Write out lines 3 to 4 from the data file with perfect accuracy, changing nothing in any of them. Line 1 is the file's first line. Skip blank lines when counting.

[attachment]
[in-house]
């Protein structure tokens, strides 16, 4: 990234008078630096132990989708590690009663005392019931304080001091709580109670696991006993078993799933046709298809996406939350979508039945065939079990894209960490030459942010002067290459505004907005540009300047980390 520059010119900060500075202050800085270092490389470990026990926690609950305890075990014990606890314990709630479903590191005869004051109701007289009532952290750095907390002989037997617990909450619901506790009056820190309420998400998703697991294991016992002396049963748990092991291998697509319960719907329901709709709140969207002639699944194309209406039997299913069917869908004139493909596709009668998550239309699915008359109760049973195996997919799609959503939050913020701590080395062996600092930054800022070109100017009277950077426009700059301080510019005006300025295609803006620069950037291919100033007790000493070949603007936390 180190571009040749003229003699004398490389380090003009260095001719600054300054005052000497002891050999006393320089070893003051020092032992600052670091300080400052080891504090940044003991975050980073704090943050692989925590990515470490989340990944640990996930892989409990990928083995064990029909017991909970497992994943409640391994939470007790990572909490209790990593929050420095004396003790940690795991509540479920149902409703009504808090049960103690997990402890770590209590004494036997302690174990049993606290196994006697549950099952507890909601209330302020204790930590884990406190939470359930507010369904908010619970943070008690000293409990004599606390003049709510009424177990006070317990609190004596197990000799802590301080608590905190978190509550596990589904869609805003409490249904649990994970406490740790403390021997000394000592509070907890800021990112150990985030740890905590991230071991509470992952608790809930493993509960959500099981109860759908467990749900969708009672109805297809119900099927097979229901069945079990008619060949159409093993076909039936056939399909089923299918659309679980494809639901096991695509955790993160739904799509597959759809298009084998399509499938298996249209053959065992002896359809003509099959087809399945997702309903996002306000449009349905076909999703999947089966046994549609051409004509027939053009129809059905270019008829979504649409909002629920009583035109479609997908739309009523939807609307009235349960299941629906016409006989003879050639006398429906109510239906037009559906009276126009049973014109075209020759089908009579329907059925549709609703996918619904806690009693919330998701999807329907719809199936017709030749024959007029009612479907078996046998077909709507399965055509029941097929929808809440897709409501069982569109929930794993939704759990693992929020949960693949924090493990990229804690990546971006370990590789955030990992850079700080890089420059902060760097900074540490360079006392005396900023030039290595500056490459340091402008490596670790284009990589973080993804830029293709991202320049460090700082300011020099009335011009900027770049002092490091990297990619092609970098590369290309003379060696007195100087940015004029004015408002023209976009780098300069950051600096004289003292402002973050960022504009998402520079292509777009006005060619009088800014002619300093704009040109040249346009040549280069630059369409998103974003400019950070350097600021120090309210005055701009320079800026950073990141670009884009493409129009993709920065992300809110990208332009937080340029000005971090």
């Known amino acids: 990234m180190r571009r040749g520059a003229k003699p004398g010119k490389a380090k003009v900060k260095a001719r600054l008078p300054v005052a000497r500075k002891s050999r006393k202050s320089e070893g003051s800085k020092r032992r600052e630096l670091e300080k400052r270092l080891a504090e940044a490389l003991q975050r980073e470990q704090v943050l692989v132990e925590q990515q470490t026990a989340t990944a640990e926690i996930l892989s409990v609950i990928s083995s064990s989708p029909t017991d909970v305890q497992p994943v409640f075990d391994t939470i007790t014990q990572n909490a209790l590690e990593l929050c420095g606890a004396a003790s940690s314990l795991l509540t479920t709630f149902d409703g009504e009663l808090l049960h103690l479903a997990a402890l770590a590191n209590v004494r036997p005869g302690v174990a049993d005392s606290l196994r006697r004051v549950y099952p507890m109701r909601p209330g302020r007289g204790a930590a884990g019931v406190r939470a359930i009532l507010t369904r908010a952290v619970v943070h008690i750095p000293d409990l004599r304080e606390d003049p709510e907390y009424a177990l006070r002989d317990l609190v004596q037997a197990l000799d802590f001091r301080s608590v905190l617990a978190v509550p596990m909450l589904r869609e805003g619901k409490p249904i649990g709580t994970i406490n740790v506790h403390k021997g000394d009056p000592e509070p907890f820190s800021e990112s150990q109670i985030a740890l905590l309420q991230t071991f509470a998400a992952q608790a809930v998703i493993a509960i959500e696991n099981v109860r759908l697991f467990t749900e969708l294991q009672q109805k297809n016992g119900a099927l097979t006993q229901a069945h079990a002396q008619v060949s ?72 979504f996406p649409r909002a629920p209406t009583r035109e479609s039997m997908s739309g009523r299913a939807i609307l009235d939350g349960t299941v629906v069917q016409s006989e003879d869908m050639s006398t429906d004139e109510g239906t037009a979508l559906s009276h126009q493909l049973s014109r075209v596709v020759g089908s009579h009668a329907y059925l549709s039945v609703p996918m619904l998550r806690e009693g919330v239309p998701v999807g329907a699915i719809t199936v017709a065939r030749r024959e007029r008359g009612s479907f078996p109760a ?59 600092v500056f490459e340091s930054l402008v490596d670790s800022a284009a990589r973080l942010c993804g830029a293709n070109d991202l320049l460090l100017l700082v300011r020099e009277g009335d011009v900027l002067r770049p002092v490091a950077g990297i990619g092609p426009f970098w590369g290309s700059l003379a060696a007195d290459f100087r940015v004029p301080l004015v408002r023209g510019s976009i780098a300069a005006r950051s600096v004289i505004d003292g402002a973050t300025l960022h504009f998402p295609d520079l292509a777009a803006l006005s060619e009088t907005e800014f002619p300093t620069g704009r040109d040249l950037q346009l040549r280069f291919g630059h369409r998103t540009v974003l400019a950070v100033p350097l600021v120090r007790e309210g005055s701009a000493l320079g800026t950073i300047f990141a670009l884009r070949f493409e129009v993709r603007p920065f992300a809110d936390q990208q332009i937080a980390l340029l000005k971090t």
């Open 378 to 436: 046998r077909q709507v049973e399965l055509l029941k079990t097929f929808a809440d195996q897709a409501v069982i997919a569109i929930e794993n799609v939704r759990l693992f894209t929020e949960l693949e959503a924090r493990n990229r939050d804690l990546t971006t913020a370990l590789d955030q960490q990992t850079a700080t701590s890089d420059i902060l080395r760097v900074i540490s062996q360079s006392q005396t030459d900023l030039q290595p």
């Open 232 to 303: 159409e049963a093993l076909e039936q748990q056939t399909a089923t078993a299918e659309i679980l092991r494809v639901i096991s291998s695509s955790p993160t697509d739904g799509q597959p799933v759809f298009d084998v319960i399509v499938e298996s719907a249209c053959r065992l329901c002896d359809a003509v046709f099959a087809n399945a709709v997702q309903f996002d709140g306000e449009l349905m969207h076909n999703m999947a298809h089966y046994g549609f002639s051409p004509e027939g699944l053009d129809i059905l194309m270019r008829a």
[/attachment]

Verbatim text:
């Known amino acids: 990234m180190r571009r040749g520059a003229k003699p004398g010119k490389a380090k003009v900060k260095a001719r600054l008078p300054v005052a000497r500075k002891s050999r006393k202050s320089e070893g003051s800085k020092r032992r600052e630096l670091e300080k400052r270092l080891a504090e940044a490389l003991q975050r980073e470990q704090v943050l692989v132990e925590q990515q470490t026990a989340t990944a640990e926690i996930l892989s409990v609950i990928s083995s064990s989708p029909t017991d909970v305890q497992p994943v409640f075990d391994t939470i007790t014990q990572n909490a209790l590690e990593l929050c420095g606890a004396a003790s940690s314990l795991l509540t479920t709630f149902d409703g009504e009663l808090l049960h103690l479903a997990a402890l770590a590191n209590v004494r036997p005869g302690v174990a049993d005392s606290l196994r006697r004051v549950y099952p507890m109701r909601p209330g302020r007289g204790a930590a884990g019931v406190r939470a359930i009532l507010t369904r908010a952290v619970v943070h008690i750095p000293d409990l004599r304080e606390d003049p709510e907390y009424a177990l006070r002989d317990l609190v004596q037997a197990l000799d802590f001091r301080s608590v905190l617990a978190v509550p596990m909450l589904r869609e805003g619901k409490p249904i649990g709580t994970i406490n740790v506790h403390k021997g000394d009056p000592e509070p907890f820190s800021e990112s150990q109670i985030a740890l905590l309420q991230t071991f509470a998400a992952q608790a809930v998703i493993a509960i959500e696991n099981v109860r759908l697991f467990t749900e969708l294991q009672q109805k297809n016992g119900a099927l097979t006993q229901a069945h079990a002396q008619v060949s ?72 979504f996406p649409r909002a629920p209406t009583r035109e479609s039997m997908s739309g009523r299913a939807i609307l009235d939350g349960t299941v629906v069917q016409s006989e003879d869908m050639s006398t429906d004139e109510g239906t037009a979508l559906s009276h126009q493909l049973s014109r075209v596709v020759g089908s009579h009668a329907y059925l549709s039945v609703p996918m619904l998550r806690e009693g919330v239309p998701v999807g329907a699915i719809t199936v017709a065939r030749r024959e007029r008359g009612s479907f078996p109760a ?59 600092v500056f490459e340091s930054l402008v490596d670790s800022a284009a990589r973080l942010c993804g830029a293709n070109d991202l320049l460090l100017l700082v300011r020099e009277g009335d011009v900027l002067r770049p002092v490091a950077g990297i990619g092609p426009f970098w590369g290309s700059l003379a060696a007195d290459f100087r940015v004029p301080l004015v408002r023209g510019s976009i780098a300069a005006r950051s600096v004289i505004d003292g402002a973050t300025l960022h504009f998402p295609d520079l292509a777009a803006l006005s060619e009088t907005e800014f002619p300093t620069g704009r040109d040249l950037q346009l040549r280069f291919g630059h369409r998103t540009v974003l400019a950070v100033p350097l600021v120090r007790e309210g005055s701009a000493l320079g800026t950073i300047f990141a670009l884009r070949f493409e129009v993709r603007p920065f992300a809110d936390q990208q332009i937080a980390l340029l000005k971090t």
């Open 378 to 436: 046998r077909q709507v049973e399965l055509l029941k079990t097929f929808a809440d195996q897709a409501v069982i997919a569109i929930e794993n799609v939704r759990l693992f894209t929020e949960l693949e959503a924090r493990n990229r939050d804690l990546t971006t913020a370990l590789d955030q960490q990992t850079a700080t701590s890089d420059i902060l080395r760097v900074i540490s062996q360079s006392q005396t030459d900023l030039q290595p």